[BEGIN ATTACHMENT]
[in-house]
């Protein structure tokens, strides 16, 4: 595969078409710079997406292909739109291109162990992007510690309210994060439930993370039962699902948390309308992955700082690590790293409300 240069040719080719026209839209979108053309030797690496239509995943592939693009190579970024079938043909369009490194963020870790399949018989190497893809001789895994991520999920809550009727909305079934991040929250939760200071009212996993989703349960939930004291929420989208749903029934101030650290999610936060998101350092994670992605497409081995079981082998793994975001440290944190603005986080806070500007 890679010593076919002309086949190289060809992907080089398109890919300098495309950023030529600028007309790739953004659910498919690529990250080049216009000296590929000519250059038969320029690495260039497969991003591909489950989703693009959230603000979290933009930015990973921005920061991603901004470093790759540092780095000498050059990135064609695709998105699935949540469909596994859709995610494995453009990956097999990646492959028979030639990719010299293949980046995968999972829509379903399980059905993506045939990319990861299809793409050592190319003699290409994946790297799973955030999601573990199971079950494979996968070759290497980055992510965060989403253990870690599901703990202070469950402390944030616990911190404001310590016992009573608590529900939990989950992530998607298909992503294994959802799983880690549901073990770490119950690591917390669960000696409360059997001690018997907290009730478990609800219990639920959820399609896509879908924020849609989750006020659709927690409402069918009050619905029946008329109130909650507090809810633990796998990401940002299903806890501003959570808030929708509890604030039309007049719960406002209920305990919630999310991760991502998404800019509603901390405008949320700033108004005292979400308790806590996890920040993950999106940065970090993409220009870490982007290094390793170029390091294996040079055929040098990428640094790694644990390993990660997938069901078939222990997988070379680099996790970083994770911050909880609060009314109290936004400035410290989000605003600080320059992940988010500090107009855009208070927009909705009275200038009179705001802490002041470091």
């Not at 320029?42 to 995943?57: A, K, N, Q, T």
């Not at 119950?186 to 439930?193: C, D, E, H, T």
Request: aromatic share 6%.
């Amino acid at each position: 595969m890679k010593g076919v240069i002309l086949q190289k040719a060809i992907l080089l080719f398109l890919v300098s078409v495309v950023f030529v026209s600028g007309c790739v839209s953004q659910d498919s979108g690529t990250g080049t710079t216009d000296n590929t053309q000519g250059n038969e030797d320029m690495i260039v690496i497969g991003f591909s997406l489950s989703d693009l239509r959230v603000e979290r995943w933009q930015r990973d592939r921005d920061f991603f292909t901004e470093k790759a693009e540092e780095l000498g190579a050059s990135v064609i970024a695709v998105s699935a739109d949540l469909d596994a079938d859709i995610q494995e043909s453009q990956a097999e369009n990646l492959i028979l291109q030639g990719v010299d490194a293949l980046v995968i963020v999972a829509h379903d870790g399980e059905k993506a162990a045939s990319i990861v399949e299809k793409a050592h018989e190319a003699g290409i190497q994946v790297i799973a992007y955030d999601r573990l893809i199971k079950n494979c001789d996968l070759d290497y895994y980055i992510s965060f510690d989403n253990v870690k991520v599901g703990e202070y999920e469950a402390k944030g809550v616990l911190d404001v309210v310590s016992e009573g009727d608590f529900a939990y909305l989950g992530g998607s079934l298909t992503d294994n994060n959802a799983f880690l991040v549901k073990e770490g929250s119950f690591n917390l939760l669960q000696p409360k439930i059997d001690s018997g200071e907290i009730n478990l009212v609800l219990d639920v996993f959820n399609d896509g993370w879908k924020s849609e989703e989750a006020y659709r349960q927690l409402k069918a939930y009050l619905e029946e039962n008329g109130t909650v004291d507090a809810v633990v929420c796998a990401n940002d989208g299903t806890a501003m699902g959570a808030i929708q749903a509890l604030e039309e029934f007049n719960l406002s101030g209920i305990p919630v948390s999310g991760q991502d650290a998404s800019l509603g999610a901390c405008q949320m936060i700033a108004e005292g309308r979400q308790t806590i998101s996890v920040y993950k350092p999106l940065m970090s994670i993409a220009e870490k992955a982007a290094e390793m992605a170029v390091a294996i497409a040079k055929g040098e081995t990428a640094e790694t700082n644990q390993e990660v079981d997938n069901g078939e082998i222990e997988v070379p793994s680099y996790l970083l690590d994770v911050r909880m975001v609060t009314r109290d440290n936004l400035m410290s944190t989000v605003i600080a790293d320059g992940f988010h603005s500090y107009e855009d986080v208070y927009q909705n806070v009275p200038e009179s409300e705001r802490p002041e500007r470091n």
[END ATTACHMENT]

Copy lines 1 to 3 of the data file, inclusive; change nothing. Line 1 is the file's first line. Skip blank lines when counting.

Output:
[in-house]
């Protein structure tokens, strides 16, 4: 595969078409710079997406292909739109291109162990992007510690309210994060439930993370039962699902948390309308992955700082690590790293409300 240069040719080719026209839209979108053309030797690496239509995943592939693009190579970024079938043909369009490194963020870790399949018989190497893809001789895994991520999920809550009727909305079934991040929250939760200071009212996993989703349960939930004291929420989208749903029934101030650290999610936060998101350092994670992605497409081995079981082998793994975001440290944190603005986080806070500007 890679010593076919002309086949190289060809992907080089398109890919300098495309950023030529600028007309790739953004659910498919690529990250080049216009000296590929000519250059038969320029690495260039497969991003591909489950989703693009959230603000979290933009930015990973921005920061991603901004470093790759540092780095000498050059990135064609695709998105699935949540469909596994859709995610494995453009990956097999990646492959028979030639990719010299293949980046995968999972829509379903399980059905993506045939990319990861299809793409050592190319003699290409994946790297799973955030999601573990199971079950494979996968070759290497980055992510965060989403253990870690599901703990202070469950402390944030616990911190404001310590016992009573608590529900939990989950992530998607298909992503294994959802799983880690549901073990770490119950690591917390669960000696409360059997001690018997907290009730478990609800219990639920959820399609896509879908924020849609989750006020659709927690409402069918009050619905029946008329109130909650507090809810633990796998990401940002299903806890501003959570808030929708509890604030039309007049719960406002209920305990919630999310991760991502998404800019509603901390405008949320700033108004005292979400308790806590996890920040993950999106940065970090993409220009870490982007290094390793170029390091294996040079055929040098990428640094790694644990390993990660997938069901078939222990997988070379680099996790970083994770911050909880609060009314109290936004400035410290989000605003600080320059992940988010500090107009855009208070927009909705009275200038009179705001802490002041470091």
């Not at 320029?42 to 995943?57: A, K, N, Q, T």